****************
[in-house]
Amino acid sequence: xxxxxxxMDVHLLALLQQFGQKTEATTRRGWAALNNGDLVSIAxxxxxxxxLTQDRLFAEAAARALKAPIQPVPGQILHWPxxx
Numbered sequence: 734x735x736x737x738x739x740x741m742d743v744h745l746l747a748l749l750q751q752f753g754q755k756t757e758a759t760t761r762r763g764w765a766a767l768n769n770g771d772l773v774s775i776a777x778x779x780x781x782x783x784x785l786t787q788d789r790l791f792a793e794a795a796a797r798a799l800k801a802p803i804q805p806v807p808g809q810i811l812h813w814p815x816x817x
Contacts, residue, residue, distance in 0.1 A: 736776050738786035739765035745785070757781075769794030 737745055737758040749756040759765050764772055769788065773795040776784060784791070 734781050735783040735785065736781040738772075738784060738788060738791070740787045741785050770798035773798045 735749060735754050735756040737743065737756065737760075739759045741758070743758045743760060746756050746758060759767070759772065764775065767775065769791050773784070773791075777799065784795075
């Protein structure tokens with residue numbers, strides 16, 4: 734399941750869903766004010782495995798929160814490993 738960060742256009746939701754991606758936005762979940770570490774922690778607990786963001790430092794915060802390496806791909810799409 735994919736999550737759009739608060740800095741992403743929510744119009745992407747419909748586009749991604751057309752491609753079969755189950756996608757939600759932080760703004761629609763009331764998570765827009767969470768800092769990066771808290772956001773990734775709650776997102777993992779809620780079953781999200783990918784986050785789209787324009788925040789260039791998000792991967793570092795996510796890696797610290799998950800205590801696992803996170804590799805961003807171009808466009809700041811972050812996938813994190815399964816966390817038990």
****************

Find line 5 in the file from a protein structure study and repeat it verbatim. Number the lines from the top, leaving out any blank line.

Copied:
């Protein structure tokens with residue numbers, strides 16, 4: 734399941750869903766004010782495995798929160814490993 738960060742256009746939701754991606758936005762979940770570490774922690778607990786963001790430092794915060802390496806791909810799409 735994919736999550737759009739608060740800095741992403743929510744119009745992407747419909748586009749991604751057309752491609753079969755189950756996608757939600759932080760703004761629609763009331764998570765827009767969470768800092769990066771808290772956001773990734775709650776997102777993992779809620780079953781999200783990918784986050785789209787324009788925040789260039791998000792991967793570092795996510796890696797610290799998950800205590801696992803996170804590799805961003807171009808466009809700041811972050812996938813994190815399964816966390817038990």